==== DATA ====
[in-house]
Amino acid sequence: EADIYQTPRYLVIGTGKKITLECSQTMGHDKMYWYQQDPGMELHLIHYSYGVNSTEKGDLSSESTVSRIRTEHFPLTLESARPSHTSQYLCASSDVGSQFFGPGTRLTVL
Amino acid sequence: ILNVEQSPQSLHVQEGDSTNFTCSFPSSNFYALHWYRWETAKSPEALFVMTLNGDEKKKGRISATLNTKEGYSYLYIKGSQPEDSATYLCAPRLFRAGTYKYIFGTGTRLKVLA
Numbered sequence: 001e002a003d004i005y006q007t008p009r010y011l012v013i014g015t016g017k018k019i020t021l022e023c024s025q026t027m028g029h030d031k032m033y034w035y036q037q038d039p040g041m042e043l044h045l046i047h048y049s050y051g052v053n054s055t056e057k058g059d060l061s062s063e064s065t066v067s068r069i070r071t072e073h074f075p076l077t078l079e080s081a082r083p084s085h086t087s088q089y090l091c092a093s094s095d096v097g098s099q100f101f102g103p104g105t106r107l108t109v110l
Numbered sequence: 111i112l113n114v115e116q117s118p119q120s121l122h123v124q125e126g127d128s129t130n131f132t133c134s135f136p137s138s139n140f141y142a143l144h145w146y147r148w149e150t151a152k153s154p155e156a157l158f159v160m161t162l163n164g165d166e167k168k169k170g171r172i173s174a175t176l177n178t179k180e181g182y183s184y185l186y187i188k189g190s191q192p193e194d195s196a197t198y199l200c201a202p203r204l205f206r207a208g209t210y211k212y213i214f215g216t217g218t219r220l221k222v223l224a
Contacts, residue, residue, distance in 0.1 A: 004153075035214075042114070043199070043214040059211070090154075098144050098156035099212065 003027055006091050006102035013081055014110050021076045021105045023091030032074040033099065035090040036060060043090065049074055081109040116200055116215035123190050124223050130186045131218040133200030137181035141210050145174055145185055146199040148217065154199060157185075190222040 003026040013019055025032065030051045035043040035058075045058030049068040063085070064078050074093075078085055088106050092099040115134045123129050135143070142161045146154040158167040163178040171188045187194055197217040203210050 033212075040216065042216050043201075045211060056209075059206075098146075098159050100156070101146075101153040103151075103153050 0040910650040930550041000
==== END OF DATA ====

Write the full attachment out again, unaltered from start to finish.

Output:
[in-house]
Amino acid sequence: EADIYQTPRYLVIGTGKKITLECSQTMGHDKMYWYQQDPGMELHLIHYSYGVNSTEKGDLSSESTVSRIRTEHFPLTLESARPSHTSQYLCASSDVGSQFFGPGTRLTVL
Amino acid sequence: ILNVEQSPQSLHVQEGDSTNFTCSFPSSNFYALHWYRWETAKSPEALFVMTLNGDEKKKGRISATLNTKEGYSYLYIKGSQPEDSATYLCAPRLFRAGTYKYIFGTGTRLKVLA
Numbered sequence: 001e002a003d004i005y006q007t008p009r010y011l012v013i014g015t016g017k018k019i020t021l022e023c024s025q026t027m028g029h030d031k032m033y034w035y036q037q038d039p040g041m042e043l044h045l046i047h048y049s050y051g052v053n054s055t056e057k058g059d060l061s062s063e064s065t066v067s068r069i070r071t072e073h074f075p076l077t078l079e080s081a082r083p084s085h086t087s088q089y090l091c092a093s094s095d096v097g098s099q100f101f102g103p104g105t106r107l108t109v110l
Numbered sequence: 111i112l113n114v115e116q117s118p119q120s121l122h123v124q125e126g127d128s129t130n131f132t133c134s135f136p137s138s139n140f141y142a143l144h145w146y147r148w149e150t151a152k153s154p155e156a157l158f159v160m161t162l163n164g165d166e167k168k169k170g171r172i173s174a175t176l177n178t179k180e181g182y183s184y185l186y187i188k189g190s191q192p193e194d195s196a197t198y199l200c201a202p203r204l205f206r207a208g209t210y211k212y213i214f215g216t217g218t219r220l221k222v223l224a
Contacts, residue, residue, distance in 0.1 A: 004153075035214075042114070043199070043214040059211070090154075098144050098156035099212065 003027055006091050006102035013081055014110050021076045021105045023091030032074040033099065035090040036060060043090065049074055081109040116200055116215035123190050124223050130186045131218040133200030137181035141210050145174055145185055146199040148217065154199060157185075190222040 003026040013019055025032065030051045035043040035058075045058030049068040063085070064078050074093075078085055088106050092099040115134045123129050135143070142161045146154040158167040163178040171188045187194055197217040203210050 033212075040216065042216050043201075045211060056209075059206075098146075098159050100156070101146075101153040103151075103153050 0040910650040930550041000